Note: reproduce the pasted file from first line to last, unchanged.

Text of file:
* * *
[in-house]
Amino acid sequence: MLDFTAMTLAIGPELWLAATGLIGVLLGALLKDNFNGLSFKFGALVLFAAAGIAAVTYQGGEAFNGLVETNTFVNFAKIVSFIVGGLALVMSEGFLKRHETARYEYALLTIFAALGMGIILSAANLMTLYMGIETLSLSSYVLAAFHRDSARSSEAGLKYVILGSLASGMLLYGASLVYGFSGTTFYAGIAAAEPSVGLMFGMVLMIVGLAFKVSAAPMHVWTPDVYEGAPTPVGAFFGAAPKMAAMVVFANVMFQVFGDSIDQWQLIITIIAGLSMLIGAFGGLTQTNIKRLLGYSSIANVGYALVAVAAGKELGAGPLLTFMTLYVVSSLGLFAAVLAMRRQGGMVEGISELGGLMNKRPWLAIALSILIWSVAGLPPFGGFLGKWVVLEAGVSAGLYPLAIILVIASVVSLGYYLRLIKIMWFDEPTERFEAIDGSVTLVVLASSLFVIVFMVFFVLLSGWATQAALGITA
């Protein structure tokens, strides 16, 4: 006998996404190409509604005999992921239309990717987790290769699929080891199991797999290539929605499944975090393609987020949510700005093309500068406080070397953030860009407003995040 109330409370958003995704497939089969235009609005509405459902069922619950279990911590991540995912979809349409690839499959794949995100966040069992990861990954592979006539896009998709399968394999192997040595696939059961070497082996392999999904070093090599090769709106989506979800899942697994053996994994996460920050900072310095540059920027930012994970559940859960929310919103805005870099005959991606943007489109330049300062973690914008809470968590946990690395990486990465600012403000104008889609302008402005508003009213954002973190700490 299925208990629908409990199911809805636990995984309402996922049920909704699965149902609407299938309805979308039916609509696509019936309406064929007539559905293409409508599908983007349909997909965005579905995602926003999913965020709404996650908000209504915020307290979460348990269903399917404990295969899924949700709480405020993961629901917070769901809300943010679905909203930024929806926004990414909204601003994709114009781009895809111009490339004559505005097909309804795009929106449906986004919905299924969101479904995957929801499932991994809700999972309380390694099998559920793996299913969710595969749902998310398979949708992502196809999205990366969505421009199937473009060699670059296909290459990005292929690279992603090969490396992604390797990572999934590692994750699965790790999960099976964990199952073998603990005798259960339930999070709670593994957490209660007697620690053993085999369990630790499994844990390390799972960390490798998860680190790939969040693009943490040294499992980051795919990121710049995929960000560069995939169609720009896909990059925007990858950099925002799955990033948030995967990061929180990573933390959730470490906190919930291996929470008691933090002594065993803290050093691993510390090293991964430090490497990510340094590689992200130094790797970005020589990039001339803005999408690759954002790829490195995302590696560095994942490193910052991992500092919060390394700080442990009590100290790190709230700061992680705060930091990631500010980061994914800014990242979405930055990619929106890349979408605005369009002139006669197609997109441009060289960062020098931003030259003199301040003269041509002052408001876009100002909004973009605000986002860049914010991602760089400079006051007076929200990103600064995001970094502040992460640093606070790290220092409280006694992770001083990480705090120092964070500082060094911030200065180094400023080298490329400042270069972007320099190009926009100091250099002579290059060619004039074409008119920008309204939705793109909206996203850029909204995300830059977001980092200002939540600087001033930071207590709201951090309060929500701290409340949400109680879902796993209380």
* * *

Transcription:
[in-house]
Amino acid sequence: MLDFTAMTLAIGPELWLAATGLIGVLLGALLKDNFNGLSFKFGALVLFAAAGIAAVTYQGGEAFNGLVETNTFVNFAKIVSFIVGGLALVMSEGFLKRHETARYEYALLTIFAALGMGIILSAANLMTLYMGIETLSLSSYVLAAFHRDSARSSEAGLKYVILGSLASGMLLYGASLVYGFSGTTFYAGIAAAEPSVGLMFGMVLMIVGLAFKVSAAPMHVWTPDVYEGAPTPVGAFFGAAPKMAAMVVFANVMFQVFGDSIDQWQLIITIIAGLSMLIGAFGGLTQTNIKRLLGYSSIANVGYALVAVAAGKELGAGPLLTFMTLYVVSSLGLFAAVLAMRRQGGMVEGISELGGLMNKRPWLAIALSILIWSVAGLPPFGGFLGKWVVLEAGVSAGLYPLAIILVIASVVSLGYYLRLIKIMWFDEPTERFEAIDGSVTLVVLASSLFVIVFMVFFVLLSGWATQAALGITA
């Protein structure tokens, strides 16, 4: 006998996404190409509604005999992921239309990717987790290769699929080891199991797999290539929605499944975090393609987020949510700005093309500068406080070397953030860009407003995040 109330409370958003995704497939089969235009609005509405459902069922619950279990911590991540995912979809349409690839499959794949995100966040069992990861990954592979006539896009998709399968394999192997040595696939059961070497082996392999999904070093090599090769709106989506979800899942697994053996994994996460920050900072310095540059920027930012994970559940859960929310919103805005870099005959991606943007489109330049300062973690914008809470968590946990690395990486990465600012403000104008889609302008402005508003009213954002973190700490 299925208990629908409990199911809805636990995984309402996922049920909704699965149902609407299938309805979308039916609509696509019936309406064929007539559905293409409508599908983007349909997909965005579905995602926003999913965020709404996650908000209504915020307290979460348990269903399917404990295969899924949700709480405020993961629901917070769901809300943010679905909203930024929806926004990414909204601003994709114009781009895809111009490339004559505005097909309804795009929106449906986004919905299924969101479904995957929801499932991994809700999972309380390694099998559920793996299913969710595969749902998310398979949708992502196809999205990366969505421009199937473009060699670059296909290459990005292929690279992603090969490396992604390797990572999934590692994750699965790790999960099976964990199952073998603990005798259960339930999070709670593994957490209660007697620690053993085999369990630790499994844990390390799972960390490798998860680190790939969040693009943490040294499992980051795919990121710049995929960000560069995939169609720009896909990059925007990858950099925002799955990033948030995967990061929180990573933390959730470490906190919930291996929470008691933090002594065993803290050093691993510390090293991964430090490497990510340094590689992200130094790797970005020589990039001339803005999408690759954002790829490195995302590696560095994942490193910052991992500092919060390394700080442990009590100290790190709230700061992680705060930091990631500010980061994914800014990242979405930055990619929106890349979408605005369009002139006669197609997109441009060289960062020098931003030259003199301040003269041509002052408001876009100002909004973009605000986002860049914010991602760089400079006051007076929200990103600064995001970094502040992460640093606070790290220092409280006694992770001083990480705090120092964070500082060094911030200065180094400023080298490329400042270069972007320099190009926009100091250099002579290059060619004039074409008119920008309204939705793109909206996203850029909204995300830059977001980092200002939540600087001033930071207590709201951090309060929500701290409340949400109680879902796993209380």